Help with Bottom-up Mergesort

Help with Bottom-up Mergesort

I am trying to implement the bottom up merge sort using TBB. But am not getting the timing compared to the ballpark from top down approach. Kindly help me with this. i have attached the file.

Downloadtext/x-c++src iter_merge.cpp3.94 KB
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Just a few quick remarks… Please don't use C-style struct declarations (especially not in C++11 code!), and avoid void* with C-style casts: C++ programmers will want to look away from your code rather than analyse it (or maybe it's just me…). Bottom-up merge seems bad for the cache, you really want the divide-and-conquer approach from the top-down implementation, with depth-first exploration of the merge tree, because bottom-up won't be able to match it for performance. You should probably start with a base case of sequences of length SERIAL_CUT_OFF or thereabouts, and not just use it to decide what to do with even shorter sequences. Got to run...

Thanks Raf Schietekat. I have modified the merge sort parallel loops such as  

for(i= SORT_CUT_OFF; i <= (length/2)+1; i=i*2){

          tbb::parallel_for(i,length,i*2,[=](int j){                      

             if((j-i) - std::min(j+i,length) <= SORT_CUT_OFF){                                              

This has a better performance than the previous one. But still, the performance is not matching up with the recursive version. I am expecting a speed up similar to the recursive version. 


Without numbers, it's difficult to judge. Obviously with this change you have fewer rounds of cache thrashing, but you'll probably see performance improve further with larger SORT_CUT_OFF, possibly up to a point (I don't know off the top of my head how stable_sort behaves). How about some tuning experiments, to see how close you can get to your goal?

Jumping somewhat ahead, possibly missing other issues, I would expect this to illustrate the essential problem with bottom-up vs. top-down: top-down is cache-oblivious in the sense that it works with any cache size and essentially tunes itself, while bottom-up requires judicious choice of initial sorting length to comfortably fit inside the cache, with a miss too low requiring more rounds, and a miss too high depending on how stable_sort is implemented.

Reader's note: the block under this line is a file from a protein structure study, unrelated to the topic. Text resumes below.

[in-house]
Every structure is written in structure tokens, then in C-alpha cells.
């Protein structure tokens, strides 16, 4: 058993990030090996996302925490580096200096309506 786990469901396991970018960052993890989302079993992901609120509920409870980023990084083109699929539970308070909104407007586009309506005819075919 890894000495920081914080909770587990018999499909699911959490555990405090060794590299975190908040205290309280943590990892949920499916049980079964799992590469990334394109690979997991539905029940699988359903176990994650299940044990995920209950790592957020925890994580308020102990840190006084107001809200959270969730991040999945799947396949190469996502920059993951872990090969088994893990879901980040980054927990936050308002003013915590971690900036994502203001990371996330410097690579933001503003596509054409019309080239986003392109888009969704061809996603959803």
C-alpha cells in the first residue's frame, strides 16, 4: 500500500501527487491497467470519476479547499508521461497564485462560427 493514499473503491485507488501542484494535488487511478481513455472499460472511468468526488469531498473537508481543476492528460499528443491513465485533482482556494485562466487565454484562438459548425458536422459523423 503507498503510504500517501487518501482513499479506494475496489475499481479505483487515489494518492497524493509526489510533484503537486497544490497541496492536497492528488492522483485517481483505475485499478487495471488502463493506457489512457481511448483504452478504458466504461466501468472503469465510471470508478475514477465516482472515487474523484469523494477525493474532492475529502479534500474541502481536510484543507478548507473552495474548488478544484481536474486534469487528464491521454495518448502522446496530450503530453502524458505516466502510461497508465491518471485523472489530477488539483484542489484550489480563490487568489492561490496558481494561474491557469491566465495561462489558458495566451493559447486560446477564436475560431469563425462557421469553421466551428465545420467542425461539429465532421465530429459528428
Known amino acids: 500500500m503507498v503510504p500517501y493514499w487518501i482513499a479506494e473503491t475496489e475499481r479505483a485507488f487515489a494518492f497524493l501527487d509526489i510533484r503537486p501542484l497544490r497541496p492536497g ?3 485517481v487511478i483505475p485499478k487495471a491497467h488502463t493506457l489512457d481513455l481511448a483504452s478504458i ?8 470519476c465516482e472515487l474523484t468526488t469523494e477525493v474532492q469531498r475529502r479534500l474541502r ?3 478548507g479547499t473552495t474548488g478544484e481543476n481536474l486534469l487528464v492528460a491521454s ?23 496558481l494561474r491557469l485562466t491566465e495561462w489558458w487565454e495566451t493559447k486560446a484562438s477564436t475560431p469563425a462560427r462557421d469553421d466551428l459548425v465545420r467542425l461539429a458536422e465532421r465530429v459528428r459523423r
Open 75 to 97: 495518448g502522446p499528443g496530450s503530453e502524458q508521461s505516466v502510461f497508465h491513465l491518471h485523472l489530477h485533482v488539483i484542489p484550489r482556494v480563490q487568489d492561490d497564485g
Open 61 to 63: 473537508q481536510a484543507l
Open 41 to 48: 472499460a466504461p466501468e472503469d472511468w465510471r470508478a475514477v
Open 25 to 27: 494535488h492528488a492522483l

I see that MERGE_CUT_OFF is twice SORT_CUT_OFF, but merging is far less complex than sorting, so, if SORT_CUT_OFF weren't primarily a way to tune for cache size rather than parallel overhead, MERGE_CUT_OFF should be more than twice SORT_CUT_OFF. Now of course it's more difficult to say.

Thanks Raf, 

For 8388608 elements

SORT_CUT_OFF: 2097152 MERGE_CUT_OFF: 4194304 is used. The results I got in recursive TBB implementation is 0.915 seconds. While iterative version gives 1.317036 seconds for a single thread. I am still not confident with how to tune cache size with initial sort length. For a specific N, if my SORT_CUT_OFF is high, fewer rounds of sorting gives me an improvement, but am not sure how to find the perfect cache size. And when I increase my N, the performance is greatly reduced. 

Cache size is a given, it's not something you can tune.

(2014-01-09 Added) Haswell for example has a L3 cache size between 2 and 8 MB, so 2*SORT_CUT_OFF*sizeof(float) completely exceeds the highest value, and you're at the mercy of stable_sort's implementation even for L3. Try making a graph of execution times vs. SORT_CUT_OFF value in a region around the likely or known cache size of your system, which of course means that it depends on the size of the element. I'm not quite sure what the effect is with merge sort of giving each hardware thread an indivisible portion of the input, but that's not generally a good choice with TBB, where you should mostly strike a balance between parallel overhead (bigger parts better) and parallel slack (parts shouldn't get too big), and not subvert TBB's inherent adaptability, so that may skew the optimum SORT_CUT_OFF somewhat. Let us know what you find!

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